Confessions of a concurrent reviewer.

Research output: Contribution to journalArticle

6 Citations (Scopus)

Abstract

The author describes his two years of experience as a physician reviewer for two managed care companies. With case examples, he illustrates how the training process and his early activities as a reviewer increased his awareness of the need for accountability in psychiatric practice. He describes several issues that he had to clarify before he felt comfortable in the reviewer's role. Among them were the need for psychiatrists to practice more crisis intervention; the difference between intensive treatment and 24-hour inpatient care; the need to find alternative solutions to situations in which patients are hospitalized for social or logistical reasons; the need for careful discharge planning; and the need to recognize and deal with the adversarial relationships that develop with colleagues whose cases are reviewed. The author offers a typology of the interactions that occur between physician reviewers and attending psychiatrists. He concludes that reviewing may have both salutary and detrimental effects on psychiatric practice.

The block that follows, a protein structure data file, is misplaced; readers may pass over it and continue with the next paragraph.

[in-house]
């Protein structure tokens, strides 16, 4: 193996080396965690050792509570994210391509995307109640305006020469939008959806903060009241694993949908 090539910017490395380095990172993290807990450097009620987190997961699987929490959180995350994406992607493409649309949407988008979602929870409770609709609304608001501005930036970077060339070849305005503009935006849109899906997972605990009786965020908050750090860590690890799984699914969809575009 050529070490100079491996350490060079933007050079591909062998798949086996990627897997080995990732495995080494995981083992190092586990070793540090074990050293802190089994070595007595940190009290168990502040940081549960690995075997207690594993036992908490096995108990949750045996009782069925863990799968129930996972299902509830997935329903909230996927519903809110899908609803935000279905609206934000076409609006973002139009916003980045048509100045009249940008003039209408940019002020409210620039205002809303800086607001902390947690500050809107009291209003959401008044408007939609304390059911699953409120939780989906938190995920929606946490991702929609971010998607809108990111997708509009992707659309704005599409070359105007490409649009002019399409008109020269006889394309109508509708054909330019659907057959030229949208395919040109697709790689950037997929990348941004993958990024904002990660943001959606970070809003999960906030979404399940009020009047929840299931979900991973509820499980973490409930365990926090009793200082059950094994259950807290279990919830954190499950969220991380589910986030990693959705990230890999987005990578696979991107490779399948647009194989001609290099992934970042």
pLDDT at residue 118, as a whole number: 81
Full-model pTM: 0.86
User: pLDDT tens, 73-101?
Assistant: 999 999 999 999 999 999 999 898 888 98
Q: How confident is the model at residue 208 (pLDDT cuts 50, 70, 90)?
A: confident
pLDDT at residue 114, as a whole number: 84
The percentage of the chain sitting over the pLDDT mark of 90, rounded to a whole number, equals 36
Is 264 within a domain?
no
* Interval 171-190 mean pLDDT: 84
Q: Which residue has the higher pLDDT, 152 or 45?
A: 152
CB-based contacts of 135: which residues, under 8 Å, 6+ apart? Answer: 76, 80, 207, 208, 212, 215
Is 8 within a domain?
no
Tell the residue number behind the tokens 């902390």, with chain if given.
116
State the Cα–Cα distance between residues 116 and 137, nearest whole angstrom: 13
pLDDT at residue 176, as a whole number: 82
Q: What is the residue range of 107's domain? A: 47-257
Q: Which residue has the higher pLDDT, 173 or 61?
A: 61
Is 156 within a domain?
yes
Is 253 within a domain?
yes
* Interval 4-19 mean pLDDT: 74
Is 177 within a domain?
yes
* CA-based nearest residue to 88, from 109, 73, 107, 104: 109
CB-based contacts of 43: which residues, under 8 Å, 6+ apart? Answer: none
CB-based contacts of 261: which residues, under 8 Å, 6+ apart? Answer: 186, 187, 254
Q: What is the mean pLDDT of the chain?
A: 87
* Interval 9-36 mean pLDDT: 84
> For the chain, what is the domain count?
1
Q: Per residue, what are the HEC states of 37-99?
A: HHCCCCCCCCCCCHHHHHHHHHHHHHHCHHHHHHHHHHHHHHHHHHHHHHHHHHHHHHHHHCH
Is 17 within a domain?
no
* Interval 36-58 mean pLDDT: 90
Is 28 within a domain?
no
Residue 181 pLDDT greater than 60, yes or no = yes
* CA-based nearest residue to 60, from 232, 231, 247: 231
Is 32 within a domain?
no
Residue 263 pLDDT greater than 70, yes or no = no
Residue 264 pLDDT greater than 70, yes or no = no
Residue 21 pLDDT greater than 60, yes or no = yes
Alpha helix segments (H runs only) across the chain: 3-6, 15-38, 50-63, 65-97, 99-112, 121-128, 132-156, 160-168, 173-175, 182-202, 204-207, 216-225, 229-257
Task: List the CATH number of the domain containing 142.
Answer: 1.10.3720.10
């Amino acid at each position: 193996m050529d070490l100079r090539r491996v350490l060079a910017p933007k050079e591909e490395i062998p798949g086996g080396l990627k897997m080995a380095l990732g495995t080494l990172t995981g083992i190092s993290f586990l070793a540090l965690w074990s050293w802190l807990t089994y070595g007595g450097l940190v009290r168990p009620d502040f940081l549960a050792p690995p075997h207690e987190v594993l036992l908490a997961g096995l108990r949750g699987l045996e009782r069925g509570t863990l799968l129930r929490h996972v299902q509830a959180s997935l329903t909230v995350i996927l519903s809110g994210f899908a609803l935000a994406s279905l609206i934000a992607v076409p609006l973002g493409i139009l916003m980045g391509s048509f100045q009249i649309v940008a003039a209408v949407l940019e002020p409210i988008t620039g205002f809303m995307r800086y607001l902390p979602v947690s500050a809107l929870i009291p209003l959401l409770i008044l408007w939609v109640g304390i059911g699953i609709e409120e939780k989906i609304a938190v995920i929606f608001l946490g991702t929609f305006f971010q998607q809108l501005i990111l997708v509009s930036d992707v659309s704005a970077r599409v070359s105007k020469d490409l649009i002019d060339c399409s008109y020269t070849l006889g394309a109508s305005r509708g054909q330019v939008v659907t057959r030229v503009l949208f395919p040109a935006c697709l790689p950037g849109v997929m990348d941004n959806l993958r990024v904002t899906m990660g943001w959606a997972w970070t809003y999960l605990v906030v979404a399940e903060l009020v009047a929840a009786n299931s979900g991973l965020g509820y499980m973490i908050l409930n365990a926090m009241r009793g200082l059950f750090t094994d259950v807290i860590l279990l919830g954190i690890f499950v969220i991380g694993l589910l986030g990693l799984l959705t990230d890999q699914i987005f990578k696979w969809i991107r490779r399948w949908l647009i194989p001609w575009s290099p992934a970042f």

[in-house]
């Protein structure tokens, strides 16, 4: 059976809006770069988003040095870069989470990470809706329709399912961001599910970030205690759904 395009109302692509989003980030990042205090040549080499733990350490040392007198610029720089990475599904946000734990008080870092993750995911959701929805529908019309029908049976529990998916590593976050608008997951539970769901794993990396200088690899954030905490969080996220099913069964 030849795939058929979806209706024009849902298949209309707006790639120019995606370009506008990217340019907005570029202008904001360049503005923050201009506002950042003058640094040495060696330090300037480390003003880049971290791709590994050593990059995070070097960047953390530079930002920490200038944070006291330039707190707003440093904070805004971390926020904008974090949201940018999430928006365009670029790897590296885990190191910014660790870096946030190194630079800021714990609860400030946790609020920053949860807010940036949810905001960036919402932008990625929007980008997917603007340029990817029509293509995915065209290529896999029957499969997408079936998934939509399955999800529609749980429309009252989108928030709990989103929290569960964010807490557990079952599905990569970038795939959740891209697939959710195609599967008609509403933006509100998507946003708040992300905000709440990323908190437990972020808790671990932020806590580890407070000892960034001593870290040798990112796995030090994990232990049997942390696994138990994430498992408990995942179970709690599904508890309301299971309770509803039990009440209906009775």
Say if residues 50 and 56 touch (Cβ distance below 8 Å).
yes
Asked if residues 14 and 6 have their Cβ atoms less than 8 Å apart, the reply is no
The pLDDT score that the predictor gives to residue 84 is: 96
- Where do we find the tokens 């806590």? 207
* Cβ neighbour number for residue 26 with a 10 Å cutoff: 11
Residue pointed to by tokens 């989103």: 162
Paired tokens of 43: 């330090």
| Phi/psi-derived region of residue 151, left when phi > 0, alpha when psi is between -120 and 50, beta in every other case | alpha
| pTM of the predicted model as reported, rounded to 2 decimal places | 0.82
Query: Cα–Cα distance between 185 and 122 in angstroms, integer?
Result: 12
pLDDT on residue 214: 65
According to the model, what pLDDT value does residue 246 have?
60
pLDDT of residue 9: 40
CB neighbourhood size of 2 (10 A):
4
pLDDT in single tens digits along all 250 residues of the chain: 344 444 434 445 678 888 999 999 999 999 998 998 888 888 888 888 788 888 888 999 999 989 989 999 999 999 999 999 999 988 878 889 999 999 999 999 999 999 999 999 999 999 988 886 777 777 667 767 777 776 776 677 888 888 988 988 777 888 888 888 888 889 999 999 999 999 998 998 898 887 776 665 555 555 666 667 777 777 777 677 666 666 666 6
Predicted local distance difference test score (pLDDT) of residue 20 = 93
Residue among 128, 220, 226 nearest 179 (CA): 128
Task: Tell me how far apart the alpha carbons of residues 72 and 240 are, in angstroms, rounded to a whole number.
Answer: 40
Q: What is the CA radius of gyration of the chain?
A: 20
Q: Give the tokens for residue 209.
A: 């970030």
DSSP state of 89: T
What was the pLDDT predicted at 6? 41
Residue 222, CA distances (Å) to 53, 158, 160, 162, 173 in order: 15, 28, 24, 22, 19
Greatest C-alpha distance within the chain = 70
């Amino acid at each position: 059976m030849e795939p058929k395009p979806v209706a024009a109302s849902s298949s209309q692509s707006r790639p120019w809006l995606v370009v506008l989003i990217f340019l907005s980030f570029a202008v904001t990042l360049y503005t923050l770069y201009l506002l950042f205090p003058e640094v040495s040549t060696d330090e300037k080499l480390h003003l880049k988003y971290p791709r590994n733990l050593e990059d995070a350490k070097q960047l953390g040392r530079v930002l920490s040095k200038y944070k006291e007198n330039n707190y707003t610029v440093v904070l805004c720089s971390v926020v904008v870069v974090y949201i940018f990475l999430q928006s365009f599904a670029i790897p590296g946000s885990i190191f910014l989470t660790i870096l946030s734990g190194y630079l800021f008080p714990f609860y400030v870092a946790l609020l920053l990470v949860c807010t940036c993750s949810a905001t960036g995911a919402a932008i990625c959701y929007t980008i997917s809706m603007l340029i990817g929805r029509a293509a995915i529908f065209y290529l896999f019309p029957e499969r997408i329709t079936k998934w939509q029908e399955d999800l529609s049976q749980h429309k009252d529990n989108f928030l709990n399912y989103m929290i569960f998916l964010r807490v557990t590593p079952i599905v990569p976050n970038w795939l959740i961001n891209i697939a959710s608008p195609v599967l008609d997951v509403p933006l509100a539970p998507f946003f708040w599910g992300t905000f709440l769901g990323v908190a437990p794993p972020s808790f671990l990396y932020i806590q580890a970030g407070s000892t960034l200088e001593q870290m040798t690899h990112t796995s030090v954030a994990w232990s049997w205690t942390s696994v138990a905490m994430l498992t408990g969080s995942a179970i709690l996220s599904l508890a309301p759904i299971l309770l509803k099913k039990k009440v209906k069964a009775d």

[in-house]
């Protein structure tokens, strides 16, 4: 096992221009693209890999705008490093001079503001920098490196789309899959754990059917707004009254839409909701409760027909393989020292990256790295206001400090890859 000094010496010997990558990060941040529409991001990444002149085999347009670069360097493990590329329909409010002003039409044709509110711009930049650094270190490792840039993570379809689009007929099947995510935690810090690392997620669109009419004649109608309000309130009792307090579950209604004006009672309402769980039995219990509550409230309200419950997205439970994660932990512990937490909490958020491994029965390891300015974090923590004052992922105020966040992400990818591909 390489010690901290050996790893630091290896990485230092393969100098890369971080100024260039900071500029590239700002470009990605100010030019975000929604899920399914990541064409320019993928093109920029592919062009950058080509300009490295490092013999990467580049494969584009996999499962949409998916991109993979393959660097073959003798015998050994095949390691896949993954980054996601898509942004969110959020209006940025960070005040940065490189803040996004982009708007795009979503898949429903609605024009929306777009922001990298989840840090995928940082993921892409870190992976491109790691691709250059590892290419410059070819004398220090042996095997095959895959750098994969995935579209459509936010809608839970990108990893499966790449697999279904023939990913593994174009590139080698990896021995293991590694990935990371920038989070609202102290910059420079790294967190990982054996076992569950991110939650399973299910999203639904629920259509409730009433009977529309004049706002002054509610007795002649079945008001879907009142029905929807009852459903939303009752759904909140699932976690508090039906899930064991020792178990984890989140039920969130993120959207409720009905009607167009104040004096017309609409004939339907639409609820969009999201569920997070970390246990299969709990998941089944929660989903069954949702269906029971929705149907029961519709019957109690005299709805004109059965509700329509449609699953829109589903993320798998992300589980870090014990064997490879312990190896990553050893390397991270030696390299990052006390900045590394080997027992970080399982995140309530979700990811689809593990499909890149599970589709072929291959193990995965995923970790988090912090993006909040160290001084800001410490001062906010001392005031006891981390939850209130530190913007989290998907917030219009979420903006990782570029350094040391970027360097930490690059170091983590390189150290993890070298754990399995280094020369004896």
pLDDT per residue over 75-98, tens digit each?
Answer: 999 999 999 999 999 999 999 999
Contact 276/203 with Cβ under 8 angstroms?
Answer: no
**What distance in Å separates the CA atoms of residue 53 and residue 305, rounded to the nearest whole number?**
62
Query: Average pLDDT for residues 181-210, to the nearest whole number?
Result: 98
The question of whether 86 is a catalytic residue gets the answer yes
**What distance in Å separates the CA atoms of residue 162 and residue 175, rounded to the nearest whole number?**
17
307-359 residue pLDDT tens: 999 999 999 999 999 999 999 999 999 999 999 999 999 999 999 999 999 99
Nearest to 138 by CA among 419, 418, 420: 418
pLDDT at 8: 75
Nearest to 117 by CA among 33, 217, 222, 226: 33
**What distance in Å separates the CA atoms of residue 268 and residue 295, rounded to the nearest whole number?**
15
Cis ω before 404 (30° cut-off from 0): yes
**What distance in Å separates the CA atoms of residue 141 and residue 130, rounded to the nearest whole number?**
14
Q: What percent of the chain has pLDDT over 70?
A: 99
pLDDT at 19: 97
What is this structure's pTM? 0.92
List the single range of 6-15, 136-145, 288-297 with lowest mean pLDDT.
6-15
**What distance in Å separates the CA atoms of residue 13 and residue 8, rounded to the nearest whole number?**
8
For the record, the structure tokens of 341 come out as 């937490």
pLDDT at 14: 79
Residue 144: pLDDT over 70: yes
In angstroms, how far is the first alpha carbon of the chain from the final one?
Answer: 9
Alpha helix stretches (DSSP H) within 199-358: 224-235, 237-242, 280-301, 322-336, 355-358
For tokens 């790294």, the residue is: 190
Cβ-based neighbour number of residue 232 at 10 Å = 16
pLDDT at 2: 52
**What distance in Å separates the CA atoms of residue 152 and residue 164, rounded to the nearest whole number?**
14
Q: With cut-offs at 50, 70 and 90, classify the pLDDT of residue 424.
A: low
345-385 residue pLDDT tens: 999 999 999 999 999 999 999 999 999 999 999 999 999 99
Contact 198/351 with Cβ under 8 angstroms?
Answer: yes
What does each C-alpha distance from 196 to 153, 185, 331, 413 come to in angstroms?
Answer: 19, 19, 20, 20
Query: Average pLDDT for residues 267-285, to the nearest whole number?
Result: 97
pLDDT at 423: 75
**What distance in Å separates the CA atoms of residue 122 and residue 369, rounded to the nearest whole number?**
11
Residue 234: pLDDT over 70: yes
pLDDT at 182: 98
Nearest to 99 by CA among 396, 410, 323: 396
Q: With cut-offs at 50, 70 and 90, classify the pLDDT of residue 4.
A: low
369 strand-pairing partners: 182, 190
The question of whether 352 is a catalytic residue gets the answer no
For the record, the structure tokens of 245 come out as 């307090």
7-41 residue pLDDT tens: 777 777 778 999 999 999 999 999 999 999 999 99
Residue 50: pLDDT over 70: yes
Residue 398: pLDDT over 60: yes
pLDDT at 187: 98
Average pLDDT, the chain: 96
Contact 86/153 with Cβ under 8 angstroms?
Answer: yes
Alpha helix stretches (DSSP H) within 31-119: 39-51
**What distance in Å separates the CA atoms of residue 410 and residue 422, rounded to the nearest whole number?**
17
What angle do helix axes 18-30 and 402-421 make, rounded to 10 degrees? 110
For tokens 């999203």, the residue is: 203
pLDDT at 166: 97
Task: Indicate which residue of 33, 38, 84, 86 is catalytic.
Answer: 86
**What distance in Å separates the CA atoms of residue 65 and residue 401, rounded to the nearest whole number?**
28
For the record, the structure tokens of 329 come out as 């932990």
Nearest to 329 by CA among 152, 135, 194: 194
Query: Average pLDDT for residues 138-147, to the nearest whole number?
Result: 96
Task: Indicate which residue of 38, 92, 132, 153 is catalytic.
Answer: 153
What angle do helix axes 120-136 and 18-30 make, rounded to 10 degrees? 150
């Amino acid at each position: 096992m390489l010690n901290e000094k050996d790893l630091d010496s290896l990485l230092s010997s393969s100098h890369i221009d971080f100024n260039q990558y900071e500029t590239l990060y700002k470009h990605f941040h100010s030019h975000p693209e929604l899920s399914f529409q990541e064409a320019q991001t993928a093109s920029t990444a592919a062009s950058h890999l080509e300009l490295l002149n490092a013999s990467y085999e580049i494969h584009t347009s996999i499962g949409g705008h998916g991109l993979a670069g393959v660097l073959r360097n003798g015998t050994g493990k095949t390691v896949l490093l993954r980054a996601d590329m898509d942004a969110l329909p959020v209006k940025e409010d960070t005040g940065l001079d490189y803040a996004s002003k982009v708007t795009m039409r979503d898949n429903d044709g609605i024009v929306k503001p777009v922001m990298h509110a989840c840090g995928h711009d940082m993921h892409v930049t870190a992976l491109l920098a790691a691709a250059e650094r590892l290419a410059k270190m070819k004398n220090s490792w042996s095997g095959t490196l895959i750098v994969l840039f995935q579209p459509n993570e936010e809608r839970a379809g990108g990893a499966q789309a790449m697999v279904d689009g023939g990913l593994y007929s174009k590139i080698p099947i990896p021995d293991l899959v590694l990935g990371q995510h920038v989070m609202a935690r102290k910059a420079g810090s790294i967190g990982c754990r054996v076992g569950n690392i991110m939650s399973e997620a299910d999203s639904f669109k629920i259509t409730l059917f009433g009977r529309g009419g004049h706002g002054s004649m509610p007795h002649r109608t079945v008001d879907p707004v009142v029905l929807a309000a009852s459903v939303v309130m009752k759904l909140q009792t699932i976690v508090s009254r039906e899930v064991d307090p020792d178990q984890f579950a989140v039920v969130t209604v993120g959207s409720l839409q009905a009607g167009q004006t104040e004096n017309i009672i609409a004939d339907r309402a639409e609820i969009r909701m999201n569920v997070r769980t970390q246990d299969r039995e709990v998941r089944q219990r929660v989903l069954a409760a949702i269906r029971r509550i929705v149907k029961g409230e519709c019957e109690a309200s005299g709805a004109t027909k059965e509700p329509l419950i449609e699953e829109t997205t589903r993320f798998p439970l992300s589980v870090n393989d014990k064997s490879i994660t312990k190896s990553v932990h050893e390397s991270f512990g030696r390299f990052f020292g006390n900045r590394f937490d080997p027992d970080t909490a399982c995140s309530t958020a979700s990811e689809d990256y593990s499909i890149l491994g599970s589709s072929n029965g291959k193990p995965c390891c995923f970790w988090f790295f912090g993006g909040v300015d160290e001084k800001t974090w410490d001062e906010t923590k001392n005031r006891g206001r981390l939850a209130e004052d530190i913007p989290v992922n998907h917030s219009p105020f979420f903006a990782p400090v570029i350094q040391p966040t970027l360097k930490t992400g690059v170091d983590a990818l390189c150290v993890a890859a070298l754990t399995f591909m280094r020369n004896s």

Original languageEnglish (US)
Pages (from-to)35-40
Number of pages6
JournalPsychiatric services (Washington, D.C.)
Volume47
Issue number1
StatePublished - Jan 1996

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Psychiatry
psychiatrist
Crisis Intervention
Physicians
physician
Patient Discharge
Social Responsibility
Managed Care Programs
crisis intervention
Inpatients
managed care
typology
responsibility
planning
interaction
experience
Therapeutics

ASJC Scopus subject areas

  • Psychiatry and Mental health
  • Public Health, Environmental and Occupational Health
  • Health(social science)
  • Health Professions(all)

Cite this

Confessions of a concurrent reviewer. / Mohl, P. C.

In: Psychiatric services (Washington, D.C.), Vol. 47, No. 1, 01.1996, p. 35-40.

Research output: Contribution to journalArticle

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